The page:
Why Sweetree

We pride ourselves on bringing a unique product with tastes across the Waikato to our customers

There are many reasons to choose Sweetree honey, one being that we produce small batches of honey that are unique to the nearby floral sources. Rather than an averaging effect with large scale honey production, Sweetree’s small scale produces variety that reflect the area and season the bees worked their magic.

We enjoy offering customers the ‘taste’ of a location.  Customers appreciate the connection to local iconic areas such as Four Brothers Reserve which runs along the beautiful bush clad deviation linking Hamilton and Raglan. On the horizon, wind turbines produce renewable power while our bees gather nectar from predominately Kanuka, with its own special nuance.  Check out our other locations.

Taking care of our bees is of the utmost importance

Every effort is made to keep our bees healthy and strong, naturally.  We always leave plenty of honey on the hives after honey harvest for winter. We want to leave plenty for the bees over autumn and spring and to build themselves up over spring.  This avoids feeding them supplements and sugar syrup.  Honey is the best feed for bees and while sugar syrup can stimulate bees in spring, it should not be fed for long periods of time. Overfeeding of sugar syrup can also lead to high levels of C4 sugar in extracted honey which indicates the honey is not natural.

Each hive is checked every 2 weeks to keep an eye out on their food supplies, wasp invasion, disease, etc.  If they start to get low on honey we transfer honey from a hive that has surplus to avoid feeding them sugar syrup.

Our bees don’t get transported around the country side, they stay on their apiary site all year round.  This is better for the bees and the environment.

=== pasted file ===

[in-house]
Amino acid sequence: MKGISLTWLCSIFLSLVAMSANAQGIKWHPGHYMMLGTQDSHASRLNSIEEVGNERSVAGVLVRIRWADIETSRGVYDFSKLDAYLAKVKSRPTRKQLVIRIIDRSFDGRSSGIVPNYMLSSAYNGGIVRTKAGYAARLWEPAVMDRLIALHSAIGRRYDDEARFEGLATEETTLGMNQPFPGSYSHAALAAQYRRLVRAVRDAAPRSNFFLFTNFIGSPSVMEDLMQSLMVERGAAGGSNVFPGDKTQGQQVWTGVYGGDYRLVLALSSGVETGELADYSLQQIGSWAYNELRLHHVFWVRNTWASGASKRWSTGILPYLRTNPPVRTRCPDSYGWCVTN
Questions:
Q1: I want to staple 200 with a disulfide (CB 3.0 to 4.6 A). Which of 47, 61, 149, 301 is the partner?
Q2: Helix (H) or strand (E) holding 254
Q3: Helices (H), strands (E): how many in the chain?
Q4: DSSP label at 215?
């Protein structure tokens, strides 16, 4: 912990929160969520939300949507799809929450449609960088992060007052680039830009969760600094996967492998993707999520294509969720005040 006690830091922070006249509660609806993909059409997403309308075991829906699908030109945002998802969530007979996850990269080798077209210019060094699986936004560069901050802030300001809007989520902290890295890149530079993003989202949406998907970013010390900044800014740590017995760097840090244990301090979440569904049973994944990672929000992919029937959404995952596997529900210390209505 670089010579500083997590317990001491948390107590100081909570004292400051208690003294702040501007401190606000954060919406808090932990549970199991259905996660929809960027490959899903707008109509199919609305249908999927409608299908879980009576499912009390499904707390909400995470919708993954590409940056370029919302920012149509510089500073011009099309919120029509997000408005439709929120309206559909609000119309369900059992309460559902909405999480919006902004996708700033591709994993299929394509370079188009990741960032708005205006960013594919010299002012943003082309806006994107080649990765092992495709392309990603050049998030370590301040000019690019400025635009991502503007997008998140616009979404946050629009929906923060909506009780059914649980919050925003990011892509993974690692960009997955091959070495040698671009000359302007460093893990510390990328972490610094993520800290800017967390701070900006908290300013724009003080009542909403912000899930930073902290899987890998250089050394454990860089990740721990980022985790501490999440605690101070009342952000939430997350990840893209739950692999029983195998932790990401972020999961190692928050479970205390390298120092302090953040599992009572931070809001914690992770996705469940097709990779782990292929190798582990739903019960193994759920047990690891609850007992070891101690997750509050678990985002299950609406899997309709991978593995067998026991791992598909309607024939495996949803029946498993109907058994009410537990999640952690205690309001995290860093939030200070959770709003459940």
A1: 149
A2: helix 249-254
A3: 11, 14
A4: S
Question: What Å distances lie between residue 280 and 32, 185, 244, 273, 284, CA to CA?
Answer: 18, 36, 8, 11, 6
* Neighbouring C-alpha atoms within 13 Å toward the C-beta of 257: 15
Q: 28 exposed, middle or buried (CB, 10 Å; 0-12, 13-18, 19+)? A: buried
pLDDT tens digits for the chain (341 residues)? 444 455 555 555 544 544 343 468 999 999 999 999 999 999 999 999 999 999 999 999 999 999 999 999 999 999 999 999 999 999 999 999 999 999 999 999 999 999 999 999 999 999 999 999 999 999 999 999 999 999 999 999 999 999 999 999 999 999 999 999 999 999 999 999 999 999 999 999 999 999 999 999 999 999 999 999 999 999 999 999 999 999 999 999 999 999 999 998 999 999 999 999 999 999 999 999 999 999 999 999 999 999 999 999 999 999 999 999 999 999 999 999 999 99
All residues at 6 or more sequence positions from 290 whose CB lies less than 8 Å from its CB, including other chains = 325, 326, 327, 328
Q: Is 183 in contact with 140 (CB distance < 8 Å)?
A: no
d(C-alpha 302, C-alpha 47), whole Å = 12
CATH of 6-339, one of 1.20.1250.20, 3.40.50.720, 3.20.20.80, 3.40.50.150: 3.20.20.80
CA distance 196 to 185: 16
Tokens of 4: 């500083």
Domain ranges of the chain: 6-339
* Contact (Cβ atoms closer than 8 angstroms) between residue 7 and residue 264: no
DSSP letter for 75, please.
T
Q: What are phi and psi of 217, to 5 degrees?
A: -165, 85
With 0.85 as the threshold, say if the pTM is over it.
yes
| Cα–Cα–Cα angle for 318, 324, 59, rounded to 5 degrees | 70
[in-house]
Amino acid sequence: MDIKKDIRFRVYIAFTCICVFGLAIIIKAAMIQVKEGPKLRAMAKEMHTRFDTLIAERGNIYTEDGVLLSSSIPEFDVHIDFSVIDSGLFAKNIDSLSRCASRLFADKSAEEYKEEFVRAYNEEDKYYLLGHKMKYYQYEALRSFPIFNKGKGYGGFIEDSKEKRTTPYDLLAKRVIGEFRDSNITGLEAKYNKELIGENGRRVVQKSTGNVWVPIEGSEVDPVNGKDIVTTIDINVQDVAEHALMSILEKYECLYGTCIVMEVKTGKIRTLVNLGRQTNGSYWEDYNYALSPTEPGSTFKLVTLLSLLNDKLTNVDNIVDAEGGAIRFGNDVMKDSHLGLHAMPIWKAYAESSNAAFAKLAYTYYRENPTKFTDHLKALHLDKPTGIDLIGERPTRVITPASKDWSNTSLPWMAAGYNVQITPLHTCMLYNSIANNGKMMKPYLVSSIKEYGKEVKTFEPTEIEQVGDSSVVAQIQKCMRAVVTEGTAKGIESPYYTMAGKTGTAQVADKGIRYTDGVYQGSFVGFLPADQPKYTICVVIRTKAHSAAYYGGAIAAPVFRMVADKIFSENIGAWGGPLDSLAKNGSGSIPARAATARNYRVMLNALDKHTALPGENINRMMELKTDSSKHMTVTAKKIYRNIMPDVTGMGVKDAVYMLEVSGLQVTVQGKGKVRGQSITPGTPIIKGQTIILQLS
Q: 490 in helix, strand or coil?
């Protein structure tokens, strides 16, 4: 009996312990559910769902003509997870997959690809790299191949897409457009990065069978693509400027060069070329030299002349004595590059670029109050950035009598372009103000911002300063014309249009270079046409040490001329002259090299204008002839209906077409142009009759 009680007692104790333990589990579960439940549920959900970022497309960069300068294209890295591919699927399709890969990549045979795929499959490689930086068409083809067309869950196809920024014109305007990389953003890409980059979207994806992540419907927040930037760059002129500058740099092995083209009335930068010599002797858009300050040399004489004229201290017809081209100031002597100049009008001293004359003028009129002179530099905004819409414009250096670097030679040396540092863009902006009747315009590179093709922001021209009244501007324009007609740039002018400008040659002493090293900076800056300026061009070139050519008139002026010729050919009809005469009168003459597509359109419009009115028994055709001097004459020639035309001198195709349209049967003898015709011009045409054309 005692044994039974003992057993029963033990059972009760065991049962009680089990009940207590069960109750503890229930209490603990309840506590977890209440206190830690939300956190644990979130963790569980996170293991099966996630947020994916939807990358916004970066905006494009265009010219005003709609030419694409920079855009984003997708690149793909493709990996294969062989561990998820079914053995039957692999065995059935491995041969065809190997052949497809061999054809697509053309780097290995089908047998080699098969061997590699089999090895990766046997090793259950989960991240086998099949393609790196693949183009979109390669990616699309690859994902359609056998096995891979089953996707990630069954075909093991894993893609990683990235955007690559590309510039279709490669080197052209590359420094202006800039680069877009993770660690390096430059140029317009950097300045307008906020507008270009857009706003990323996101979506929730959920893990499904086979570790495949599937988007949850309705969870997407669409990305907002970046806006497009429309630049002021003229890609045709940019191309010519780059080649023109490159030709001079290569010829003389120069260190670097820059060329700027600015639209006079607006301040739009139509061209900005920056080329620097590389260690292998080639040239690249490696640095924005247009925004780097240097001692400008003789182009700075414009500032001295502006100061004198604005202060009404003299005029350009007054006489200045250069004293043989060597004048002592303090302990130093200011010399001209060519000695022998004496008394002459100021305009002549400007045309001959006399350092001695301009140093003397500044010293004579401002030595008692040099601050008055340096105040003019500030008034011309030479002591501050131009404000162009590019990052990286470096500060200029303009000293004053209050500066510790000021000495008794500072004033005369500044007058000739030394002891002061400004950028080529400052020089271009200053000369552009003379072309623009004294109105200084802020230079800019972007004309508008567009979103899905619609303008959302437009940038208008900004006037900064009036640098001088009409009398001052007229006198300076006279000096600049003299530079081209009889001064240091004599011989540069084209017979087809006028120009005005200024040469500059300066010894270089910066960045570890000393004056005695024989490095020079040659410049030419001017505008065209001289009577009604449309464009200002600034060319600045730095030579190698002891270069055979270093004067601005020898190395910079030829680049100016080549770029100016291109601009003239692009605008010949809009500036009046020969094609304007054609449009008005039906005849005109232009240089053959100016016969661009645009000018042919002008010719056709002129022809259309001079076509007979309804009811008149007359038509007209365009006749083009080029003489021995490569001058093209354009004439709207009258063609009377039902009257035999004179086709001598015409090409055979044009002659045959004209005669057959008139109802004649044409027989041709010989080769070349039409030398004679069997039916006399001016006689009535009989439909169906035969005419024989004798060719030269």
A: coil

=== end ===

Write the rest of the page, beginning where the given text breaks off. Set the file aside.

We understand the importance of looking after the environment, and integrate this into every part of our business

Our key consideration has always been to reduce and minimize our impact on the environment. Our raw honey is packed into glass jars as opposed to plastic, which not only looks great but allows for reuse or recycling.

Many beekeepers use plastic frames in beehives as they are cheaper and more robust. However most of these frames end up in landfill or may inadvertently be burnt due to being infected with American Foulbrood.  We have continued to use the traditional wooden frames with recycled beeswax comb foundation. These materials are also preferred by the bees!  

Fuel is a considerable cost and source of carbon emissions for many beekeepers who travel long distances. Over the last few years we have substantially reduced our fuel use by locating our apiary sites closer to our home base. Our longest trip was 3 hours one way and this is now just 35 minutes. We also use an electric car to transport our products to stores and markets.

Our latest investigation has been into our jars and labels to identify if we can use glass jars either made in NZ or from a supplier that uses clean energy for production. Our labels are recyclable as a soft plastic, other labels are made with layers of different materials that can’t be recycled.